With a few days until the inauguration of our new president, politics have become a sore thumb to deal with, even with the new year trying to erase all that away. Considering that, 2017 may be even more polarizing than the last with the inauguration, continuing discussions over how Brexit should be approached, more elections within Europe, and how to combat the refugee crisis in the Middle East.
Talking about issues like these may sound easy, but as we’ve seen through comment sections and protests, it’s hard to approach it with a clear mind.
Some of us would advocate for fighting these threats off and resisting everything...
..while others seem perfectly content to bow their heads and let politics continue on its course.
When these two forces combine, sparks fly in a bad way. It descends into flames and somebody gets hurt. Nothing is mentioned again.
But in such a world of frequent polarization and unsubstantiated claims, one may have to look to the entire sphere of politics to form a coherent opinion.
- Recognize your own biases: Personally, I have liberal political beliefs; this is further strengthened by the location I am in. Therefore, it would be easier for me to fall back into the same websites and the same people to discuss about issues. But chances are, that would leave dry discussions in one’s wake.Therefore, I give credit towards who attend university in different locations where their views may not be welcomed. It gives some perspective.The point is that everyone has a political allegiance; the important thing is to not use that as a monolithic starting point. Check them every time before you say something is “true”, because these beliefs were forged over time and may not be always correct.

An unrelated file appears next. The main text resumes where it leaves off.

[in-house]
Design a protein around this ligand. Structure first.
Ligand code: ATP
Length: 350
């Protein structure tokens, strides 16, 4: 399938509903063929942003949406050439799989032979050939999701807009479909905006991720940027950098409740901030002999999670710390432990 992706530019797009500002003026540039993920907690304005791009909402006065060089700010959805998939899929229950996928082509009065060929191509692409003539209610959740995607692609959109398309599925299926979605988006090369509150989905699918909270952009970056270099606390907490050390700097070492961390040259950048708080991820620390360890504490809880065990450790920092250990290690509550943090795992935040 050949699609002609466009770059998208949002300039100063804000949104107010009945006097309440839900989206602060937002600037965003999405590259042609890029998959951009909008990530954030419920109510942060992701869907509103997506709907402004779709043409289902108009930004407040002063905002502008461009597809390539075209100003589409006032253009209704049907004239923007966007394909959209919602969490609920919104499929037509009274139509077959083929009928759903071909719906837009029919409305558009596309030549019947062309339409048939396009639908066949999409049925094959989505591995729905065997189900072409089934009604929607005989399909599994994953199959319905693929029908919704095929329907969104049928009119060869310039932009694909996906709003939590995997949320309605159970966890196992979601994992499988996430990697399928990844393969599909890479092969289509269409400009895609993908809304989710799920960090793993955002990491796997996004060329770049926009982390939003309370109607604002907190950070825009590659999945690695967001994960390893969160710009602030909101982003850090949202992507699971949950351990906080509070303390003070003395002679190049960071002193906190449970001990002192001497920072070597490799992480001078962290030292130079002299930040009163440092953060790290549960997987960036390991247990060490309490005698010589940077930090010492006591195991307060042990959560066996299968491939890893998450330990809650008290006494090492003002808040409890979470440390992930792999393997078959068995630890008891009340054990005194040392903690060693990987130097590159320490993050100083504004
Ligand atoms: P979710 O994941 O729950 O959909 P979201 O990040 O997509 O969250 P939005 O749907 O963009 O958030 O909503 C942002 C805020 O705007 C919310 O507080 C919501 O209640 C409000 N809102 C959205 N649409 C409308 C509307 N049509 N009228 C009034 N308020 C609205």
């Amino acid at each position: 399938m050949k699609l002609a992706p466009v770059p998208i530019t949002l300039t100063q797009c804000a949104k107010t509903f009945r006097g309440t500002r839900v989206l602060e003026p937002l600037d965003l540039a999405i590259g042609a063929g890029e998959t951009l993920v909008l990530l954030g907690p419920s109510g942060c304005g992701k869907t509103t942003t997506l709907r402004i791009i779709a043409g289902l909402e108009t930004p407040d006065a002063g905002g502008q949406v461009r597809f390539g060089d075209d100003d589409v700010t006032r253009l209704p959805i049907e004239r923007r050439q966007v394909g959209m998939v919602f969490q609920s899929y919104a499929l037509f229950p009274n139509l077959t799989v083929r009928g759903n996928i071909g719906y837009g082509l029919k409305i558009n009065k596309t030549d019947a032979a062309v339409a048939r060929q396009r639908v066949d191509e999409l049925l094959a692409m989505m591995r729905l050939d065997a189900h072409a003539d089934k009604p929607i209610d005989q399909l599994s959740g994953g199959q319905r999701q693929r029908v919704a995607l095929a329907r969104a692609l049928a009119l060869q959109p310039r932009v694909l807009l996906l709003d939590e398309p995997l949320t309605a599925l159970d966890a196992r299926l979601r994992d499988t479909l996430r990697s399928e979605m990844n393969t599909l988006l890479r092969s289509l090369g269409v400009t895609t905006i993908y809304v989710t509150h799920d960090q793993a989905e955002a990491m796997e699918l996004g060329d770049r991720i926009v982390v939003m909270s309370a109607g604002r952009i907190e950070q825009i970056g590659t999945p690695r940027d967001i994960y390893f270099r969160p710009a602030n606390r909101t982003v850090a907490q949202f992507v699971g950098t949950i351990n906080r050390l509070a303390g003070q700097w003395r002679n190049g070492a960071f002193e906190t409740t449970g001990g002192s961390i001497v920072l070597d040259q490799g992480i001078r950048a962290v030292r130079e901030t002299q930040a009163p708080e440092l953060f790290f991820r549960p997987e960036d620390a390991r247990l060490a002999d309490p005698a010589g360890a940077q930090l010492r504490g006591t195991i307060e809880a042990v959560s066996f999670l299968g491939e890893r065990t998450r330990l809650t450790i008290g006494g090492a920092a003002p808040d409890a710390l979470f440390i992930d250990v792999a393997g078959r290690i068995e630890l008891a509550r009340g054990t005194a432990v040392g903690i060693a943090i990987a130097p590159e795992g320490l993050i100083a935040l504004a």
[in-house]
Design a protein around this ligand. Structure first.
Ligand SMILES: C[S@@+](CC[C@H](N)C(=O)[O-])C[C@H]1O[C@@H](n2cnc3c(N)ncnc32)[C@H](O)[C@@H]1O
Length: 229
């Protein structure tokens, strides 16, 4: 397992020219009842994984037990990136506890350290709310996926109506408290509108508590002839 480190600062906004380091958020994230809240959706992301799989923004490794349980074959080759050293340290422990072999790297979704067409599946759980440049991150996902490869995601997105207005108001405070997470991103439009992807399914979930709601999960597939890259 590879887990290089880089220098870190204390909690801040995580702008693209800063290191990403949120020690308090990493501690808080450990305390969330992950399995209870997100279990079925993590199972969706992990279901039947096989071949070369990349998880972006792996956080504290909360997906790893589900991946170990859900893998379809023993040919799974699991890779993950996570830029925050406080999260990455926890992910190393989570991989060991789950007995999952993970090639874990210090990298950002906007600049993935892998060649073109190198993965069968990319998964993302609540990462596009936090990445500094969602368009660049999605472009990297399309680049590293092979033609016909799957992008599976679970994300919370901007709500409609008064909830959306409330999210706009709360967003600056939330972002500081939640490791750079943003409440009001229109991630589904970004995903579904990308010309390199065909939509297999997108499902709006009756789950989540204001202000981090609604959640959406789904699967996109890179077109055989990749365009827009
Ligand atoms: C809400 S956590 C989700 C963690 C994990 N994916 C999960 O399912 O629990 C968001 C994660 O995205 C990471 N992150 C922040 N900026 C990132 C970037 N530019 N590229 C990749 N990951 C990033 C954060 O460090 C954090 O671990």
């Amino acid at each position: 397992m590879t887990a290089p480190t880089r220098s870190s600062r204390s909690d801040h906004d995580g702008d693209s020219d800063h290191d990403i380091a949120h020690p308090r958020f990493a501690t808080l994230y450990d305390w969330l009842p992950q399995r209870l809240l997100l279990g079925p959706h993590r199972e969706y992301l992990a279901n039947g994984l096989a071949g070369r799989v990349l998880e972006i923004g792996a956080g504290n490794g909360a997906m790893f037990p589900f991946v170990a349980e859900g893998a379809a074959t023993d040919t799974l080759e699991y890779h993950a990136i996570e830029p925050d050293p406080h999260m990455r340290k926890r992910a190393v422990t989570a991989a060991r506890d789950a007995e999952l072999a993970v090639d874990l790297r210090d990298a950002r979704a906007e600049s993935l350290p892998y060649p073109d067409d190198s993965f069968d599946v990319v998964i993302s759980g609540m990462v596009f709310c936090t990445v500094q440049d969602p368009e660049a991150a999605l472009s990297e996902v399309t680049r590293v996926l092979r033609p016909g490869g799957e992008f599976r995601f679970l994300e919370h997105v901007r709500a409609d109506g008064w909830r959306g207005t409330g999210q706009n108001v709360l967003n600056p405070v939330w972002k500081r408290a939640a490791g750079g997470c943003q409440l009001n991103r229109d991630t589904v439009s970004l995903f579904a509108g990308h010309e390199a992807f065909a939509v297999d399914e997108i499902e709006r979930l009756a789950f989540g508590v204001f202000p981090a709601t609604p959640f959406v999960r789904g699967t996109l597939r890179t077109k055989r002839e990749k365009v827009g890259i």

- Back these biases up with research: As seen with the dossier released by Buzzfeed last week, if there’s no quantifiable evidence for a particular claim, then it would be better just to say it’s not true, or at least wait until there’s more evidence to convict. In this environment of fake news, an opinion with unsubstantiated evidence is more dangerous than having no opinion at all. That indicates one may have beliefs so strong, or so stubborn, they couldn’t listen to the truth. So we should find articles from all across the political spectrum with evidence and clear interpretations of it, or reasons why it’s not false. Listen! Clichéd, but true. If we want to get a pulse on what a person thinks and why they think it as a possible idea, then taking a moment to listen wouldn’t hurt. And how do you expect for someone to listen to you if you keep pointing out their flaws?Keep Calm…and carry on, if something punctures your argument. There’s nothing worse in a discussion than storming out if you think something has quaked your view point. It just highlights the possible intolerance one party has for another. This is not to say that one person is representative for all the party members; it’s just to show a person has respect for another political party. On the other hand… If a view clearly hurts another person, call them out. This is not about hurt feelings. This is about those whose ideas of policies could impact those for the negative. This could be as small as restrictions on voting to as large as declaring war. When we focus on governmental policy, one must look at the most vulnerable impacted by them. Because at the end of the day, the government should work for all citizens.